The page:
as imagination is sparked by teasing, fliriting, and delay.

       e.) At the heart of a great striptease looms the big question:
                       What is going to happen next?

     You make the reader ask that question by flipping her weary, jaded expectations on their ear.

        a.) The usual ending is your beginning.

        b.) You start with what happens to a suicide AFTER the person dies.

     You want to see how it is done?

        a.) Go to Amazon and download the free sample to Dean Koontz's THE GOOD GUY.

        b.) Trust me.  You will BUY the book to see what happens next.



  1. I'm so sorry to hear that your computer is having issues! I feel for you, I know how horrible that is first hand. I once had a computer crash and lose an entire novel. That wasn't backed up. Lesson learned on my part. Ugh! Hmm, rejection time, double ugh. I'm sorry. They truly don't know what they're missing with you!

  2. Heather:
    Or care what they are missing.

    Thanks for the kind words. It helps. I am going to send what I have written of LOVE IN THE TIME OF THE UNDEAD to my Kindle ... if I can just remember how!@ LOL!

    I hate that you lost an ENTIRE novel! Ouch! Great sales for you this New Year!

  3. Rejections can hurt. So can a broken computer.

    I've been meaning to mention this; but I get a "malicious software blocked" message every time I load up your site. Don't know if its you or me. Could be a part of your computer problems.

    Hope you get your windows back soon.


  4. That is the coolest image ever!

    Hope you get your computer problems solved soon.

  5. You were on my list to email this morning as I'd noticed your absence! (Sorry, was having technology issues myself yesterday. Won't try to explain, but a lack of brain power was involved.)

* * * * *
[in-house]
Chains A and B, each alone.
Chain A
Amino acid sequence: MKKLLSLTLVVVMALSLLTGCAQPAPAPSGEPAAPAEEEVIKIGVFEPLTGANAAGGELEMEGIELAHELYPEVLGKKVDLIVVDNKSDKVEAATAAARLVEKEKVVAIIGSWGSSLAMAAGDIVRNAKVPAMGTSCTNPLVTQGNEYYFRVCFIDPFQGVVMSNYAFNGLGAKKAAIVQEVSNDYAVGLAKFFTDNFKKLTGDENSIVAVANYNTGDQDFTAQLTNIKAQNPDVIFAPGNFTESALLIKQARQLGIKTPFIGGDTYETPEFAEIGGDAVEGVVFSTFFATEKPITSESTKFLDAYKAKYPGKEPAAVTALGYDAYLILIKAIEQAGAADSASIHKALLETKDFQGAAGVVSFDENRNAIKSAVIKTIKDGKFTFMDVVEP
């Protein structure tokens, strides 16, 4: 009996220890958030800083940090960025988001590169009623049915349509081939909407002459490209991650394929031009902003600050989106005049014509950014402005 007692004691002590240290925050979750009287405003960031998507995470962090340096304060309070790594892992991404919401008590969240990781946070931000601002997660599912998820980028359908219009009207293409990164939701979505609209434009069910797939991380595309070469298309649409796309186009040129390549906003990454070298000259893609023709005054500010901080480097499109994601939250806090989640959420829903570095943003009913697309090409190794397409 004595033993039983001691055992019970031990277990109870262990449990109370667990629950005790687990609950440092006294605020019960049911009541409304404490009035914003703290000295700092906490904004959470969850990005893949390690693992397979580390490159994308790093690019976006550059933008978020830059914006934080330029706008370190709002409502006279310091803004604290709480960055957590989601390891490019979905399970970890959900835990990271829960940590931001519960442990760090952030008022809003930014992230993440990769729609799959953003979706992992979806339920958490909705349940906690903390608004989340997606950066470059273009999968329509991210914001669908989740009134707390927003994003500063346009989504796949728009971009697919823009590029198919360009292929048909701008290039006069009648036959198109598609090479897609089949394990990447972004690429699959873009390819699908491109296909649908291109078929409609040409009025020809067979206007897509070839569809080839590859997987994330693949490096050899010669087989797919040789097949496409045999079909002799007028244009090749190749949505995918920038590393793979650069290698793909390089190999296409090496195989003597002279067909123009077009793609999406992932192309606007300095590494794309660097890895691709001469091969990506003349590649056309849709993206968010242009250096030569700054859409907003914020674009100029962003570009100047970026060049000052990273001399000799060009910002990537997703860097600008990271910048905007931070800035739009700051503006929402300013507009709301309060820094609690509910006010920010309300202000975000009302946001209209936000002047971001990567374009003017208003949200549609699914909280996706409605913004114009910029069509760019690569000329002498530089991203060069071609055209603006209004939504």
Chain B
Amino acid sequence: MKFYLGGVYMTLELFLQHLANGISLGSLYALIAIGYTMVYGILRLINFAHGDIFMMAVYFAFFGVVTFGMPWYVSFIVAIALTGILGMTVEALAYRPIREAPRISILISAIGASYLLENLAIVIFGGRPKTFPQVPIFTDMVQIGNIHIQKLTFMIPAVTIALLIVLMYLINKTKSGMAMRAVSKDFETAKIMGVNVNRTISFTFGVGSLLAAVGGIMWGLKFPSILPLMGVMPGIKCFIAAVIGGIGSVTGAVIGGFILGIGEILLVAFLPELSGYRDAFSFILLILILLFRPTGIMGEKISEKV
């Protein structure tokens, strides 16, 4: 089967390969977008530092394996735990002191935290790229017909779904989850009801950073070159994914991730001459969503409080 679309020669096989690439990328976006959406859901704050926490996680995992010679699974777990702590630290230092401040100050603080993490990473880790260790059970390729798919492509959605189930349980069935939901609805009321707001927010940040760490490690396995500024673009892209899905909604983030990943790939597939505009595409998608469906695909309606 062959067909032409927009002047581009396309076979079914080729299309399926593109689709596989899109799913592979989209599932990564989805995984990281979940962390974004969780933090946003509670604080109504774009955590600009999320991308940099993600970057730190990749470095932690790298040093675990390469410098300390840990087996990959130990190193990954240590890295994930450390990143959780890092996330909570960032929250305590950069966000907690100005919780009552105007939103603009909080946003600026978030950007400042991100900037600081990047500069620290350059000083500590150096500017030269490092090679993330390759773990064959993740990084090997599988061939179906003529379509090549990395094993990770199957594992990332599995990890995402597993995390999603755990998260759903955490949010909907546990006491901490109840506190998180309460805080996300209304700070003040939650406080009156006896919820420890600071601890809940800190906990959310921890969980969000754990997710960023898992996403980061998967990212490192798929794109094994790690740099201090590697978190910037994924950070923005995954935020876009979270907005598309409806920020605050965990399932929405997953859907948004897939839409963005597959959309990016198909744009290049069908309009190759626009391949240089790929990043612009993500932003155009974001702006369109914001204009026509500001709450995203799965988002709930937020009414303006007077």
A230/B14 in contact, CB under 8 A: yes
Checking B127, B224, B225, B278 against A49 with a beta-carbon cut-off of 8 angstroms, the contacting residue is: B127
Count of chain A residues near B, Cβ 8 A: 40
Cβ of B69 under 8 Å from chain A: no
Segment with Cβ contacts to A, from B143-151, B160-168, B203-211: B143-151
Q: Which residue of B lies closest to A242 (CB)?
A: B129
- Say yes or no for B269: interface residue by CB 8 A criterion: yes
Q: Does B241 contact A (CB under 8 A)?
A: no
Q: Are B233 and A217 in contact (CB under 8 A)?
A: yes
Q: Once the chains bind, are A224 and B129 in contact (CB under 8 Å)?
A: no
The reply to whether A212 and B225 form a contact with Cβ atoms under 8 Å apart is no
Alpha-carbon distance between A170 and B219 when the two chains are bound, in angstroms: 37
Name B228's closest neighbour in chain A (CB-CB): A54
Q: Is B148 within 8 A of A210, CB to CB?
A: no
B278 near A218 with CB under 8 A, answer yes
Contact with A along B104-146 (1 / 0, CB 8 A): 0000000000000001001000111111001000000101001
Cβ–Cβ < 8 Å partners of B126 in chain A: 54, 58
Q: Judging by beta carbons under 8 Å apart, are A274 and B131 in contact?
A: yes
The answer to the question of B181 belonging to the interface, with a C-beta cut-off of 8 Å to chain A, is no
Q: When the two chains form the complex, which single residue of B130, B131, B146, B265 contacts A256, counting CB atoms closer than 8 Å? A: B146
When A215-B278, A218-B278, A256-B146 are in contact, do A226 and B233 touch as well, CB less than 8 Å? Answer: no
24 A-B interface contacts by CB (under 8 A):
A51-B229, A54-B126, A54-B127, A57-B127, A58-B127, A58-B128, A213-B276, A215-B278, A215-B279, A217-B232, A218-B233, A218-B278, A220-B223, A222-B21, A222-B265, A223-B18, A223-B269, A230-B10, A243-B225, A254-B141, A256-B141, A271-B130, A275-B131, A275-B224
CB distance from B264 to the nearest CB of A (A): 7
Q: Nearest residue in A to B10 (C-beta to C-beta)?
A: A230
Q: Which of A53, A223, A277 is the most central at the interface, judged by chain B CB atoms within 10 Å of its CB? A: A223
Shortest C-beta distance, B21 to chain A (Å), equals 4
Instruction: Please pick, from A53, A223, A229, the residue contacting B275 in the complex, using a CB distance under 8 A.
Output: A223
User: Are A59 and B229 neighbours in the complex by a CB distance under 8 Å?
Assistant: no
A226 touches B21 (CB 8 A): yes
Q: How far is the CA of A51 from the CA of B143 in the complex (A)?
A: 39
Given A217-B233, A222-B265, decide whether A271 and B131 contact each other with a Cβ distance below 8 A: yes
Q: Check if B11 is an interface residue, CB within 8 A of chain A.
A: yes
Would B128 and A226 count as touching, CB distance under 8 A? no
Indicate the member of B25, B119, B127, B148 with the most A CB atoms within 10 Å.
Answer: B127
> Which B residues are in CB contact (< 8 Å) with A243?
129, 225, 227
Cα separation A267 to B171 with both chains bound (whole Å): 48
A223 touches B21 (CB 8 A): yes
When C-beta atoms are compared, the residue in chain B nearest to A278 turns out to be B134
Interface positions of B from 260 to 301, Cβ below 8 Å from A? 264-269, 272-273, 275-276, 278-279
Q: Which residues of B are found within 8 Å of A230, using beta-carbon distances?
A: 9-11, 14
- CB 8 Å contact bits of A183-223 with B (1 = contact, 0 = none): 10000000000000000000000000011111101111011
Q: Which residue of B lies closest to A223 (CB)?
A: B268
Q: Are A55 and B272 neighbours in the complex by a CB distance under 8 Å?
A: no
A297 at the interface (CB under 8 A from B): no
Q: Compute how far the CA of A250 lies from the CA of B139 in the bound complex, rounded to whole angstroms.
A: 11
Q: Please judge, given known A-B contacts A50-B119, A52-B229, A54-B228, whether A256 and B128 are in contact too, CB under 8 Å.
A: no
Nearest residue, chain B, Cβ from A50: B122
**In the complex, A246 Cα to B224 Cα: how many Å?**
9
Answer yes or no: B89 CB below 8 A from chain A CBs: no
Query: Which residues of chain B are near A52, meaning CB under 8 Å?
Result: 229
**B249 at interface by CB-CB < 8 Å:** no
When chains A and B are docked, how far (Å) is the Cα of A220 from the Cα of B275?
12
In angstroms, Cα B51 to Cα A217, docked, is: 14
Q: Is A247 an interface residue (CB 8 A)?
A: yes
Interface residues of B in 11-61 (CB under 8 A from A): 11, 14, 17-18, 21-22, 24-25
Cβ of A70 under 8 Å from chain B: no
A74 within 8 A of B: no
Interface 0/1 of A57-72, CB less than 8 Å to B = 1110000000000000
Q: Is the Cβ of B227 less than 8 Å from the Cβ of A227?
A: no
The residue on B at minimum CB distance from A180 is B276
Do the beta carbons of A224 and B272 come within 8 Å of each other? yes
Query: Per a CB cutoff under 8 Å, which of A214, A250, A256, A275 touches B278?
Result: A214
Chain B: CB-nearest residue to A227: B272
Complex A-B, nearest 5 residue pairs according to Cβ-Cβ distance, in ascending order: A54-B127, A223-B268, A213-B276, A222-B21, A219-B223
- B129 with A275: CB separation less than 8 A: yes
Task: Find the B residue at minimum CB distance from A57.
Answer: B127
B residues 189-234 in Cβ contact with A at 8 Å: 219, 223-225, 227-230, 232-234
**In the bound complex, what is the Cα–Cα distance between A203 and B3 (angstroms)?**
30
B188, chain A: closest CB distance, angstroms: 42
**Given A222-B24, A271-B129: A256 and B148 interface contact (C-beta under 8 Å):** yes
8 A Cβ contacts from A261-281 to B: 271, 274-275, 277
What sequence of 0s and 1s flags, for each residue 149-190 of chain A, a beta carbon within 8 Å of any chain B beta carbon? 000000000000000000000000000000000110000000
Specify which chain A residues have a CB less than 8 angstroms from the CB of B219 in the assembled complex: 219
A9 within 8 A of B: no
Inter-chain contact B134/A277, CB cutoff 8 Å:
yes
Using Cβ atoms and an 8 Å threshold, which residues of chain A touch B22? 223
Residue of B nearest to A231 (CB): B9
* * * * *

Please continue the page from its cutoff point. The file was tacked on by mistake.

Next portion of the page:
Really sorry about Harper Collins. Do NOT let it stop you!

  6. Donna:
    Yes, rejections smart some but they are part of a writer's life. I've asked Nicholas to look into your malicious flagging for me when he resumes operating on my poor computer.

    Donna Hodsie:
    Isn't that image neat? I cannot wait to get my computer up to full speed once again!!

    I hate that you were having tech problems as well. Thanks for the words about HaperCollins. I have come to believe that I am destined to write just for my own amusement. There are worse fates. :-)

  7. sorry about the butt of technology getting you... you know i was coming for the avengers group... it was your fly to the spider.

    may the rest of the day... get better!

  8. Great post, especially after hearing from Harper Voyager. I agree - they're the ones losing out.

    Re-the computer - Blogger wouldn't let me load any more pix from my computer, I had to install Picasa or I cannot add from my own stock of pix. After I did this, I had trouble booting up and still have connecting. I didn't see any notice of this by Blogger, but I'm getting annoyed with Blogger, too. (The only message I've received when opening your site is whether I want to stop a long running script.)

    'Skynet' is starting to bug me.
    Good luck with the computer, Roland. It's good I had your email to check and make sure none of the undead in your books had gotten to you!

  9. Rejection and Windows malfunction at the same time? Life is ganging up on you. Totally unfair.

    Enjoyed your post.

  10. Hey, Roland,

    I just thought you were on one of you eight day deals!

    Computer problems suck big time! I hope you are up and running perfectly soon.

    Rejections, unfortunately are part of our REAL world. We get to lose ourselves in our imaginations, but sadly we can't publish that way.

    I am building up the stone walls for my round. I sent out six queries this week. Ready, aim, FIRE!

  11. Rejections suck, and an unfortunate part of this whirlwind business. But you mustn't let it drag you down.

    Now, as for your computer problems, I really feel your pain. Three years ago lightening struck near our home, frying our computer hard drive, a/c unit and fridge. It was a freakish thing, and I'm not even sure I believe it's what caused everything to crash. HP couldn't recover anything. It was all gone.

    Keep your chin up and your fingers tapping, Roland. :)

  12. Thump...thump...thump, went the heart. Seems that everyone is facing these issues these days....Sometimes I just feel like staying under the covers. Then I laugh and figure, how boring whould that be? My thoughts are with you my friend.